Events have an allure which public spaces lack. In both instances, you are a spectacle; yet there is a distinct difference in how people react to and approach you. Public spaces offer a nonchalant curiosity, but events open people up rather immediately. Everyone’s behavior is influenced by the fantastic, not-so-everyday surroundings and atmosphere.
It starts and it ends like this. Recall the moment. Insert something mundane, play with contrast until vibrant. What is forgotten is just as important as what’s remembered—and there it is. There, among quiet Hare Krishnas who are waiting for scavengers like us to take flight with our tupperware full of free leftover vegetarian food—there we are, still firmly planted and caught up in conversation, the night a time without stars only lights a bright porch beaming down on us from the second story staircase—there is where a poetry we often name neurosis gives everything a terrifying idyllic trim and your words, a felt glow, strike me like deja vu, words grasping at the mind’s edges like kindling flame, a series of click click BOOM—
This was the year music
was revealed to me. I don’t
The first question people usually ask me after we’ve been talking for a while is “where are you from?”
“I’m from LA,” I always say, though now that I’m in Louisiana I wonder if I should be abbreviating it as “L.A.” in my head.
Whether it’s my clothing, demeanor, accent, or the fact that I use “dude” more than the average person should, everyone always nods their head in immediate understanding when I declare I am from California.
There is an intricate dance I think most of us miss out on. That is the art of delayed gratification–or, in this specific case, letter writing and snail mail.
Yesterday, a wonderful present arrived for me. I wasn’t expecting it, and that certainly added to the initial gasp-shock-love-dream-daze sensation. It’s a sensation I usually associate with making intense eye-contact with a brave, vivid personality. In the haze of it all, my mind struggled to catch up and rearrange the circumstances.
Optimism has been a philosophy that keeps me going when logic just won’t cut it. For all of its pros, looking on the bright side certainly comes with a few cons. For instance, I have decided that I will actively strive not to delude myself with extreme idealism, as I am growing weary of crashing head-first into that solid shape we sometimes refer to as reality.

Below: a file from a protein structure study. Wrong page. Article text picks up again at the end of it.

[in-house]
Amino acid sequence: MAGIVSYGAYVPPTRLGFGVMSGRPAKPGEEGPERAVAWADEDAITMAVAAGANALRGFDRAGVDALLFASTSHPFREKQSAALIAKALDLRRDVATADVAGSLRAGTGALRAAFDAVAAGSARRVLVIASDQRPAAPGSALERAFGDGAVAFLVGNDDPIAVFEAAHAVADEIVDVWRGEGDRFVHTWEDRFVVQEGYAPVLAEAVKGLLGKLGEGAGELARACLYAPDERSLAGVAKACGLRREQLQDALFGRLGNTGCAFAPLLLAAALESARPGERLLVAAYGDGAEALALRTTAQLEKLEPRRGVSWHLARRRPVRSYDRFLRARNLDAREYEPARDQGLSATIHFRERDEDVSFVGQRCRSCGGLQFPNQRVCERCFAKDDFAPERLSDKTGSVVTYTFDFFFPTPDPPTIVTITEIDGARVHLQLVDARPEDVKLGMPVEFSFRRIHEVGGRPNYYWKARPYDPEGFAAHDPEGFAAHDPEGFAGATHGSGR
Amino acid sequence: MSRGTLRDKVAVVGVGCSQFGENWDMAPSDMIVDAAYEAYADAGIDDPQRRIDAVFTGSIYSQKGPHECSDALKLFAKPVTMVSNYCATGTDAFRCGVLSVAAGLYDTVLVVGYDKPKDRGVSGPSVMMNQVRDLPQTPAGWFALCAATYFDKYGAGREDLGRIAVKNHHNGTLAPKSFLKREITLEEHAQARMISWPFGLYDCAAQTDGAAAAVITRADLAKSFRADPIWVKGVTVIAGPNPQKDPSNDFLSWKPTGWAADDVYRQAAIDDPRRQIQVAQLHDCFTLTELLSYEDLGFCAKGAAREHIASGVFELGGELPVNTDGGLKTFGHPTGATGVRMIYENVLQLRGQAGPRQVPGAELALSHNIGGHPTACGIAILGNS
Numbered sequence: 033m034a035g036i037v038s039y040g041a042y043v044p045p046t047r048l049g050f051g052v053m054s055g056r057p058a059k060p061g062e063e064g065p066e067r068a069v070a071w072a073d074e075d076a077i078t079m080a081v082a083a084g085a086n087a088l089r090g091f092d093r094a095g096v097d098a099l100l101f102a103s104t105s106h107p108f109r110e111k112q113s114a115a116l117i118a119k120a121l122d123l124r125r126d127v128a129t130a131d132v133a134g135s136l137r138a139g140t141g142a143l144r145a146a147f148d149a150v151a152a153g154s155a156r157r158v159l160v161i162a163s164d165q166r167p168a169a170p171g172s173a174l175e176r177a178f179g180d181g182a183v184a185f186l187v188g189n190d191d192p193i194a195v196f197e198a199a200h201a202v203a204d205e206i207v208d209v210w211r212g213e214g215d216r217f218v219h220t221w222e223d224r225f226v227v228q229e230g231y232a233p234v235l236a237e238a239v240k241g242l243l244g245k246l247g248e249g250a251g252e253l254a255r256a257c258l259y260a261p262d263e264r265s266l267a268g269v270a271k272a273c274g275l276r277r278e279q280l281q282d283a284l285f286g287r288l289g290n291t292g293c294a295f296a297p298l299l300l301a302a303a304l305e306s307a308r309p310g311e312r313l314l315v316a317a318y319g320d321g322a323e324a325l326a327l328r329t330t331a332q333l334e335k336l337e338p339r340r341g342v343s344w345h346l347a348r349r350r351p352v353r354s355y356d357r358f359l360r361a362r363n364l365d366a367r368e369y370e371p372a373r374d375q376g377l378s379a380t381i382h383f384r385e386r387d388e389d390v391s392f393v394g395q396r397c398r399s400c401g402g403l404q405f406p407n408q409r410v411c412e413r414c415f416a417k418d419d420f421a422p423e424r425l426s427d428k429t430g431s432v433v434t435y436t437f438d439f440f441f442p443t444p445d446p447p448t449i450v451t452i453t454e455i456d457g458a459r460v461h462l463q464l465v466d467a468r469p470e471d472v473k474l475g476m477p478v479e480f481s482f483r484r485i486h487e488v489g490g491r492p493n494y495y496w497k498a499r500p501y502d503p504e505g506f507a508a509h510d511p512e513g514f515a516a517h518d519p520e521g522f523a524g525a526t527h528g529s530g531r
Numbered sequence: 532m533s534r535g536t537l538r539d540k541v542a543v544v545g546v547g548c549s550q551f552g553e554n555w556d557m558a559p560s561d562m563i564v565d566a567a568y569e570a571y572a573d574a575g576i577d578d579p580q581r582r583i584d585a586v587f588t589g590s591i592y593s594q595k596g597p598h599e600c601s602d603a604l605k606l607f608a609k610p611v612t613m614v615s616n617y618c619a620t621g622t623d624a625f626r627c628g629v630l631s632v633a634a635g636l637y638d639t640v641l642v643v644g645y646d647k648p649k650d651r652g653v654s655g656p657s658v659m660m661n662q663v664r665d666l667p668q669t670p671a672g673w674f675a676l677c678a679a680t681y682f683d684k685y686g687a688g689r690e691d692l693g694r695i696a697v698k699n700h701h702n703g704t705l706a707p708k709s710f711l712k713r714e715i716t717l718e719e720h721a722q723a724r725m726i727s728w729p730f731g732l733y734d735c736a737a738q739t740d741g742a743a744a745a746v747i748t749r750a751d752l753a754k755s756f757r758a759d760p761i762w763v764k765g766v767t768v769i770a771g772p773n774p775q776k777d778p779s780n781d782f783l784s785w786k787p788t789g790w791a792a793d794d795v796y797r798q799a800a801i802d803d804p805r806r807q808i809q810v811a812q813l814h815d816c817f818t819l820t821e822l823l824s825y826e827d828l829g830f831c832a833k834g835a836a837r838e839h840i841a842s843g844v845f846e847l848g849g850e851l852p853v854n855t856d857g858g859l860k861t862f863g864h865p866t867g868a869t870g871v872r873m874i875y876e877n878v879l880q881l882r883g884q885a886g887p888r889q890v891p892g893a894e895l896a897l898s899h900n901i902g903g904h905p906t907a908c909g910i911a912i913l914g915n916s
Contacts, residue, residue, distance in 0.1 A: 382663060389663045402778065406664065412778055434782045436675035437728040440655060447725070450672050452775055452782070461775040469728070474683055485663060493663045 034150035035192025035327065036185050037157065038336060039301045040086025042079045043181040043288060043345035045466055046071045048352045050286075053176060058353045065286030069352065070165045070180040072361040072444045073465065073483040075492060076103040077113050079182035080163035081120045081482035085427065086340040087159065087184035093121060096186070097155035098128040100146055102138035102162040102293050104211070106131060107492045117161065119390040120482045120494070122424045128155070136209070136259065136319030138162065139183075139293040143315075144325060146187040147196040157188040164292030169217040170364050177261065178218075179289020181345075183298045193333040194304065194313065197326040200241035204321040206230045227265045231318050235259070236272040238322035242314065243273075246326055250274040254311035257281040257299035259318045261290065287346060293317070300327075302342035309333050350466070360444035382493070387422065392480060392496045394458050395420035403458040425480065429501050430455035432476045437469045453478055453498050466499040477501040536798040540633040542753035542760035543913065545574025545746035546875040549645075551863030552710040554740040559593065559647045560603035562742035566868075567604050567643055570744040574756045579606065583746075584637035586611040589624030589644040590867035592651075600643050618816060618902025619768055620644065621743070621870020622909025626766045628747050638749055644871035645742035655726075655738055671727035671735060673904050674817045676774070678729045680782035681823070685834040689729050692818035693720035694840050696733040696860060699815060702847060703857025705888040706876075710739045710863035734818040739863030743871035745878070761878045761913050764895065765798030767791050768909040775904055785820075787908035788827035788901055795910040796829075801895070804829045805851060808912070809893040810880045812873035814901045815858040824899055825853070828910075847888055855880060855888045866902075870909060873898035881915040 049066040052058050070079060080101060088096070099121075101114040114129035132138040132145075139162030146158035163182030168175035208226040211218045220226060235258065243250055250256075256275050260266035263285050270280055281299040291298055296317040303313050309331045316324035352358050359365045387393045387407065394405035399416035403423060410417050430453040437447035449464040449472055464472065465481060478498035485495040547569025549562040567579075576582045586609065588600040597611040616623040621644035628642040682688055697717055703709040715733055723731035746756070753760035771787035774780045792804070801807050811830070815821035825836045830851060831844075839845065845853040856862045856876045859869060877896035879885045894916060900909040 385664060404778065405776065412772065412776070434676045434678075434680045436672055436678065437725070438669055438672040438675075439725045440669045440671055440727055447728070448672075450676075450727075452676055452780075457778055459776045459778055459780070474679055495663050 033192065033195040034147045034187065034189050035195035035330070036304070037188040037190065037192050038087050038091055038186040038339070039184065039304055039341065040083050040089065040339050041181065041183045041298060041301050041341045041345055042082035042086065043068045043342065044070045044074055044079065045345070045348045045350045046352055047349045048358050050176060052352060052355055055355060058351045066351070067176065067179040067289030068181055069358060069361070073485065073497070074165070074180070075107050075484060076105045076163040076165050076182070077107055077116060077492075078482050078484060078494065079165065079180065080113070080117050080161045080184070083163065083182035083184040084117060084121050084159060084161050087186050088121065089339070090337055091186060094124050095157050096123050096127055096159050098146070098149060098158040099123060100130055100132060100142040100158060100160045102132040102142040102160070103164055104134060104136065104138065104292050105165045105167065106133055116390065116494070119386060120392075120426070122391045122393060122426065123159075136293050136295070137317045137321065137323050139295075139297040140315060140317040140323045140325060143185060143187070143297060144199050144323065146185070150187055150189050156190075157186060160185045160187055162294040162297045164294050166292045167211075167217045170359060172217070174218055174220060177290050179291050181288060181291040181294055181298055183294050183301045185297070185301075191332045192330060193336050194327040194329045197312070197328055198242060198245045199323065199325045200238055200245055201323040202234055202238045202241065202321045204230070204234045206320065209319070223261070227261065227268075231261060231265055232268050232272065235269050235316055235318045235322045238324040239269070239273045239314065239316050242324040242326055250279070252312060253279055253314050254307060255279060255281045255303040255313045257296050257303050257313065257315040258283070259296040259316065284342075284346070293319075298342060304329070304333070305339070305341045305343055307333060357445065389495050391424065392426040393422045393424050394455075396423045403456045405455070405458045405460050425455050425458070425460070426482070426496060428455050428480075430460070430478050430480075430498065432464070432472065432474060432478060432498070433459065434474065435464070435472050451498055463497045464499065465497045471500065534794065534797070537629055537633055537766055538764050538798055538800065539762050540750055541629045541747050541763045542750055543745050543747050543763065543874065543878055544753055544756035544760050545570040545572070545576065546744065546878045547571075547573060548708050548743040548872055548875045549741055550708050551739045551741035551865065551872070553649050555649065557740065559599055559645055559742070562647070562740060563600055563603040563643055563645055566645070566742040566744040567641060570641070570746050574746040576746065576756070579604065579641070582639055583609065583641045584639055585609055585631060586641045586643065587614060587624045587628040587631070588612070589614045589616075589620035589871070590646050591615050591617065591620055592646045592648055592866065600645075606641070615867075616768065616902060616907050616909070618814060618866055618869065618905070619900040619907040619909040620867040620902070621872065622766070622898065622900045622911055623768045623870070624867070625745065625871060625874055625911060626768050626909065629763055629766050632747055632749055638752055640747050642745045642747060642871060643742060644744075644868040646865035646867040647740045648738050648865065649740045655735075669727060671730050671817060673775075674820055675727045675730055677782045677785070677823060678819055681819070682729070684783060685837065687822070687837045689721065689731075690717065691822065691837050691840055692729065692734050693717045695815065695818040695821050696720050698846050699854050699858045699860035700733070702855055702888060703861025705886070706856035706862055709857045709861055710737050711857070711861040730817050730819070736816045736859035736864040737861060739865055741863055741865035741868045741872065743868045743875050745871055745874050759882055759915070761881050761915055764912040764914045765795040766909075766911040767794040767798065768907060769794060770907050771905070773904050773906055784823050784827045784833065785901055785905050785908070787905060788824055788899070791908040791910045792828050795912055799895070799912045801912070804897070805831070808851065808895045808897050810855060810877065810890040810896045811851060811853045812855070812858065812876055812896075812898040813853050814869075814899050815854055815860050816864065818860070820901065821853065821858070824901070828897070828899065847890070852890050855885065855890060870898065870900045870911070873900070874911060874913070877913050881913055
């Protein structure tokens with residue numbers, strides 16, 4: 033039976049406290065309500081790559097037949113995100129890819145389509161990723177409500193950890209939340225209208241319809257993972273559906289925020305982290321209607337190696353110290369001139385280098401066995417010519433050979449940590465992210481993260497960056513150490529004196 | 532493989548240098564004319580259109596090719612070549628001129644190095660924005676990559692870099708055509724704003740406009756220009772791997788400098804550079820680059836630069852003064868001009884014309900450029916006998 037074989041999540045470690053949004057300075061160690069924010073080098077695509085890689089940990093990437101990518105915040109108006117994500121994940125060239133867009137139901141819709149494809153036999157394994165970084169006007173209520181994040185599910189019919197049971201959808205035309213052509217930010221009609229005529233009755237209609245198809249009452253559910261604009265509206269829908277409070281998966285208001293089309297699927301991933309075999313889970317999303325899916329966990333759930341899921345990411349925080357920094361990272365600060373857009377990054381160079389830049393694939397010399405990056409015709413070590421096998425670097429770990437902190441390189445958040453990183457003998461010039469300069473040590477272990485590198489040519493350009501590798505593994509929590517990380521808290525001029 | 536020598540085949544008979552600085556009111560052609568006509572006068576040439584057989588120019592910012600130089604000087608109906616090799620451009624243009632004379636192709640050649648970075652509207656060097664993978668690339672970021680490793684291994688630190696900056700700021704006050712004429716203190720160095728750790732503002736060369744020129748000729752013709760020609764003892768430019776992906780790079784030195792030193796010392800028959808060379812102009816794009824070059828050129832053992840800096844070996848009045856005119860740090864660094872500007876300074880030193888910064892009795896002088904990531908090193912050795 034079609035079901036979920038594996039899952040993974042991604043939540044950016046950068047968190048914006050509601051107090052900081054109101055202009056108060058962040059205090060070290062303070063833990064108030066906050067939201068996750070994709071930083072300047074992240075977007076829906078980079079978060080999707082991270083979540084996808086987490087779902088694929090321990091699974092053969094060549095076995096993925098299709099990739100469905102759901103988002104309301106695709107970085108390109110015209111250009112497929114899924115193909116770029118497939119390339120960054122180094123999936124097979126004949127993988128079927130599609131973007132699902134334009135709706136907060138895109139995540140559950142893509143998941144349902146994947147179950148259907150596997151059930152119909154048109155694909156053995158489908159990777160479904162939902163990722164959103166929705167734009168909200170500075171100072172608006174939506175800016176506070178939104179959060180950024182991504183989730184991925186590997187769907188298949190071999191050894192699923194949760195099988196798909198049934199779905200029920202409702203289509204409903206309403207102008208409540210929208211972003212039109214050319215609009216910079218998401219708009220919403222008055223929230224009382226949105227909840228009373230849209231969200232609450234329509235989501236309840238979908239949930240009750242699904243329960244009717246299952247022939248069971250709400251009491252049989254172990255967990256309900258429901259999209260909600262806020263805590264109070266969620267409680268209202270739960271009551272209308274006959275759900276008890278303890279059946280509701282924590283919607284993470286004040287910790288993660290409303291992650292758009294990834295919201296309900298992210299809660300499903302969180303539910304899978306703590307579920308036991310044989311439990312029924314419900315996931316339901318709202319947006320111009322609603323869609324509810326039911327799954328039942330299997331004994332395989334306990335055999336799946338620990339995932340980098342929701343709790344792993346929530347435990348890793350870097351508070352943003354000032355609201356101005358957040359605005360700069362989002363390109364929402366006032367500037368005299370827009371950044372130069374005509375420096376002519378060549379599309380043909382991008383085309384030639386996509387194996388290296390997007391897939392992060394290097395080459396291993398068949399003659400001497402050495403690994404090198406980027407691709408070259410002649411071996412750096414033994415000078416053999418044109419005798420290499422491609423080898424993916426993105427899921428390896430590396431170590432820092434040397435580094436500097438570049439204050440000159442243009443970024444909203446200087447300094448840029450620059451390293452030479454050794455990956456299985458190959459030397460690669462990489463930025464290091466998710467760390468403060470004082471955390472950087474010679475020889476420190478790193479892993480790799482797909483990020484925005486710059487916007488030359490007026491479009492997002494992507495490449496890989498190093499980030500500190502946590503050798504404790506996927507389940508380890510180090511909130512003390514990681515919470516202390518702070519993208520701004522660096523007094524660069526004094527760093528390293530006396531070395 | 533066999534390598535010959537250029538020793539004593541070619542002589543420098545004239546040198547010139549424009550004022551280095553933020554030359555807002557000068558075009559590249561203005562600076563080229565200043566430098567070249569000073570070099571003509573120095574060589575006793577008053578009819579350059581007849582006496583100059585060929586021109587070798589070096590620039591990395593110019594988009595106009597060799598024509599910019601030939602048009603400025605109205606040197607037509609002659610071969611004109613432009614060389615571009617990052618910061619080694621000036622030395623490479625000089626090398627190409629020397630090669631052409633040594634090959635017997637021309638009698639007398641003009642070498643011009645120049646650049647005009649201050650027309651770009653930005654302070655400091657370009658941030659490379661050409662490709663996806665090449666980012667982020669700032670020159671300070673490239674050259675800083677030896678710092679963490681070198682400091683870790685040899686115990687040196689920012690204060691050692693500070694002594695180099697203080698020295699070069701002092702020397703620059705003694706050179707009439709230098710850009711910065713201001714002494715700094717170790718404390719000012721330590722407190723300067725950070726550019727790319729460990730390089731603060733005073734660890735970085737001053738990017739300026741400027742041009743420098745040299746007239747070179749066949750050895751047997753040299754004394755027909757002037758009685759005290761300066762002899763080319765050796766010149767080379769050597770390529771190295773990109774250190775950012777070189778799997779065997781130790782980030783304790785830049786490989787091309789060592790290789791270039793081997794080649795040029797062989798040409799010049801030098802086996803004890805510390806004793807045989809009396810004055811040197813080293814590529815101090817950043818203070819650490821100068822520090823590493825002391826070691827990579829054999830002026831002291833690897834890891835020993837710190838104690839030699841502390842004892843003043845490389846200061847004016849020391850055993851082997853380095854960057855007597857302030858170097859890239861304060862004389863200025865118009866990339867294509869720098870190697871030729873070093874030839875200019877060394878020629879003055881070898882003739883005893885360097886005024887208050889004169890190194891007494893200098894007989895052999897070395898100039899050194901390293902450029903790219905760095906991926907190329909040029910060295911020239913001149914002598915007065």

Artisanal LA is this weekend. Don’t ask me why, but I thought it’d be a swell idea to contribute 1,500 poems for the event gift bags. That’s right. 1,500 original poems. Via typewriter.
There’s one experiment I’ve been wanting to try for a while. It comes from being a fan of collaboration, as well as having a deep love of the internet.
Typewriter Poetry has always been a “we” project. In getting back to that, I’m asking anyone who reads this to help create a typewritten Internet Poem–or, as I’m singing saying in my head, #TyPoInPo (Typewriter Poetry Internet Poem!).
How to participate, you ask? All you have to do is create a single line of poetry and upload it to the internet.
Last week, I got a chance to meet up with The Little Black Coffee Cup. We only knew each other through Twitter, thanks to our mutual philosophy–“substance over stuff,” as she aptly says. We connected over delicious gourmet coffee, then explored the artsy streets of Culver City.
While wandering in Oregon, the Newer York contacted me about appearing at their annual Literary Carnival. I got back home to Los Angeles just in time last Friday for the event.
The carnival itself is a theatrical book release for an experimental literary journal. The show was full of performance, readings, social experiments, short films, and curiously quirky delights for the senses.
Rain falling on chicken wire covered trees reminds me of Christmas lights strung along each branch down the boulevard.
To say it has been a while is an understatement. I stopped writing for the public sometime in October. Life sometimes moves in a way where I learn I only have the energy to keep up with myself. Since last autumn, I ended up driving through Mexico to learn Spanish, explore, and climb Mayan ruins; soon after, I impulsively bought a ticket to the east coast and stayed in Pennsylvania, New York, New Jersey. I also fell in love.
Here’s a poem I wrote at one o’clock in the morning. The anonymous prompt is great: “ennui… and maybe I like it that way”